Law Firm Buchanan Ingersoll Moving Headquarters to Union Trust Building

Pittsburgh Post-Gazette
By Mark Belko
May 17, 2017

After buying the historic Union Trust Building in 2014, The Davis Companies made a “big bet” that combining historic grandeur with top flight amenities and technology would produce dividends. On Wednesday, the strategy paid off in a big way.

Buchanan Ingersoll & Rooney, one of the region’s largest and most prominent law firms, has signed a letter of intent to move its headquarters to the Union Trust Building from One Oxford Centre in October 2019.

It will occupy nearly three full floors totaling about 140,000 square feet of space in the 11-story, 517,376-square-foot gem designed by architect Frederick J. Osterling and built by industrialist Henry Clay Frick. The law firm now occupies 200,000 square feet in Oxford Centre.

As part of the new deal, Buchanan Ingersoll, with 343 employees in Pittsburgh, will get its name on the building. The law firm notified employees of the move Wednesday.

Buchanan Ingersoll’s decision marks one of the biggest real estate deals of the year in Pittsburgh. It represents a coup for The Davis Companies, a Boston-based real estate investment and development firm, and a big loss for Shorenstein Properties, the new owner of Oxford Centre, where it is spending an estimated $50 million on improvements.

“It’s a significant transaction for our market,” said Gregg Broujos, managing director and founding principal at the Colliers International real estate firm.

The law firm, which is expected to sign a lease this summer, will be trading space in a 45-story skyscraper built during the city’s second renaissance for new digs in an ornate structure opened in 1917 and filled with marble, brass and terra-cotta, as well as mosaic tile ceilings and stained glass windows. Its defining feature is a central rotunda with a stained-glass dome.

Jonathan Davis, CEO and founder of The Davis Companies, said that when his firm bought the building it decided to spend $100 million to do a full-scale rehab, adding state-of-the-art amenities while restoring the opulence, rather than settle for modest renovations.

“I think the fact that one of the largest and most highly respected law firms in Pittsburgh moved from a tower to our building speaks volumes about the affirmation of that strategy,” he said.

The law firm will become the Grant Street landmark’s largest tenant. It had launched a search for a possible new headquarters last year. The firm has been a tenant at Oxford since 1995 and its current lease runs until December 2019.

During a competitive bid process, Buchanan Ingersoll considered as many as 15 locations for its headquarters, including refurbished space as well as new construction, said Nolan W. Kurtz, chief operating officer. The Davis Companies, he added, has created “an innovative and cool space” in the Union Trust Building.

“We have been focused internally on becoming more innovative in the way we practice law. We just thought that space would match up well with how we ultimately want to use our space,” he said.

Although the law firm will be reducing its space by 30 percent in the move, Mr. Kurtz said that’s not unusual in this market.

He called the firm’s current layout and design, spread over floors 16 through 22 and 40 and 41, “quite dated.” Lawyers and staff use space much differently than they did 22 years ago, he said.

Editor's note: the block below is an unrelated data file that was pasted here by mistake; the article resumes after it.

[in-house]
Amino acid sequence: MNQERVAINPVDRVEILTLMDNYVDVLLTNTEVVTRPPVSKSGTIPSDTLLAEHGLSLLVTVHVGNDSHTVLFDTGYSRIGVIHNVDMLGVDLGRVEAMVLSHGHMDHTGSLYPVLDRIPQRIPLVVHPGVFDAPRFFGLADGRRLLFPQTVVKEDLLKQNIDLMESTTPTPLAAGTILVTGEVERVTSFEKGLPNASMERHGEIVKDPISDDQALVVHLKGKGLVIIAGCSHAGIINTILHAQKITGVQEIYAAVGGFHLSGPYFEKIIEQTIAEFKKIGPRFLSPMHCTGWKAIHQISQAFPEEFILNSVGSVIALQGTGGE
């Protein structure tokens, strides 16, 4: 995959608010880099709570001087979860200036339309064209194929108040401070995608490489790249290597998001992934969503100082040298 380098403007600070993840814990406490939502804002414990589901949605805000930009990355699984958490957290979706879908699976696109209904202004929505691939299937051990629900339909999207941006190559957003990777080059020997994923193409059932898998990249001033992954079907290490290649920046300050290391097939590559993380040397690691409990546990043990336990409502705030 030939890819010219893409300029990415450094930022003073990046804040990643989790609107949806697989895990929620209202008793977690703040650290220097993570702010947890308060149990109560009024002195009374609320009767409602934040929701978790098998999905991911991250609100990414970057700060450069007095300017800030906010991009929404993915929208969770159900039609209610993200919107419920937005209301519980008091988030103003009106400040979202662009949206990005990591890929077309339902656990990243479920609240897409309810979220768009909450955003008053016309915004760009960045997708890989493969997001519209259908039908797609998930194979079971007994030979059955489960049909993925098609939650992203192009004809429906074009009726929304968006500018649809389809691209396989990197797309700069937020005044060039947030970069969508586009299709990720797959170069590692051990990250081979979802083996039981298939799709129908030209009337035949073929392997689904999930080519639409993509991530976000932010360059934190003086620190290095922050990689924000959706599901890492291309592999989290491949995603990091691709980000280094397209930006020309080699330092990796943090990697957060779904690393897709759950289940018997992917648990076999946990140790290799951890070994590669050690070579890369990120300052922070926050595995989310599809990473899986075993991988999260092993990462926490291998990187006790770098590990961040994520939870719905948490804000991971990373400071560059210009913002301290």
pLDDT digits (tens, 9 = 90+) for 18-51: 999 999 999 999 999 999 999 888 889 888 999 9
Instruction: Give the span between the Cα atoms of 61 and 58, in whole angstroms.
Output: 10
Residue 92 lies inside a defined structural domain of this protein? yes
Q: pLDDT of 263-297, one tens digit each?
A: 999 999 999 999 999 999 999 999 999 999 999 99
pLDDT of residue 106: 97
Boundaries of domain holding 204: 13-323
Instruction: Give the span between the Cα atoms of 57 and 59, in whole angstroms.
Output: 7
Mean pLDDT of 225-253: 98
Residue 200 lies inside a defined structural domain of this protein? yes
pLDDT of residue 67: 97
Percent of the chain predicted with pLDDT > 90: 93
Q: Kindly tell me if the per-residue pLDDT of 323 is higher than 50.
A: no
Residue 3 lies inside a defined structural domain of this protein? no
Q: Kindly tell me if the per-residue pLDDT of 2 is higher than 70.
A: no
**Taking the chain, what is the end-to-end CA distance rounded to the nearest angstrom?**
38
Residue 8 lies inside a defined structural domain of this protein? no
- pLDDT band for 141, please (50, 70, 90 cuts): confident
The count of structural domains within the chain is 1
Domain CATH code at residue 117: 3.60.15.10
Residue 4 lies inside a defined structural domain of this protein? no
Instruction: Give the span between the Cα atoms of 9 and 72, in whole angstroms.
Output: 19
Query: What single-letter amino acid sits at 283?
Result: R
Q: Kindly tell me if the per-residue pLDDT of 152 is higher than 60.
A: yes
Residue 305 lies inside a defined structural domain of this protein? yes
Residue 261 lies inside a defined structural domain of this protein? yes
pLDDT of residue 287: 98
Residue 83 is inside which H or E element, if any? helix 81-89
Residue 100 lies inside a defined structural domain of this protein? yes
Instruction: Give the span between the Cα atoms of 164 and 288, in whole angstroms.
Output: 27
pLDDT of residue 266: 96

Buchanan Ingersoll is hoping its new space will “encourage greater collaboration, increase efficiency and offer a flexible working environment,” he explained.

While the office has lost a number of lawyers to the Cozen O’Connor law firm recently, Mr. Kurtz said that had nothing to do with decrease in space associated with the move, noting the decision to go to 140,000 square foot was made more than a year ago.

The Grant Street building “best meets the needs of our firm and the way we intend to practice law in the future,” added Joseph A. Dougherty, Buchanan Ingersoll CEO and managing director.

Shorenstein has been pushing the envelope on rents at Oxford Centre, seeking as much as $34 a square foot for space, an extremely high rate for an existing office building Downtown. But Mr. Kurtz said the decision to move was about the space that “we thought would best represent us for the future.”

Jeremy Kronman, the CBRE executive vice president handling leasing for Oxford Centre, said Shorenstein made a bid to keep the firm.

“I don’t want to contribute to the myriad of speculation about Buchanan Ingersoll. They are a great firm and we wish them the best of luck with their downsizing of space,” he said. “We are happy they will at least get to experience the fully renovated One Oxford Centre for two years before they have to leave.”

While the loss of the firm is a blow to Shorenstein, it will have a chance to update and reposition the floors involved to “create a nice block of space” for another tenant, Mr. Broujos at Colliers International said.

In its new home, Buchanan Ingersoll will have access to amenities like a 75-seat state-of-the-art training facility, a 375-seat theater once used by Frick, a 5,000-square-foot fitness center and a 175-space underground parking garage.

The move will increase the Union Trust Building’s occupancy to 85 percent — more than double the 39 percent The Davis Companies inherited when it bought the building at a sheriff’s sale for $14 million.

Among the tenants signed since then are Nokia, a cell phone maker and global leader in technology services; Truefit, a commercial app and software company; the Blank Rome law firm; and Carnegie Learning, which creates math curricula for schools nationwide.

It also added two new restaurants — Union Standard, developed by Pittsburgh chef Derek Stevens, and Eddie V’s, an upscale seafood restaurant.

A Flemish Gothic structure, Union Trust opened as a four-story shopping arcade with 240 shops on lower levels and 700 offices above.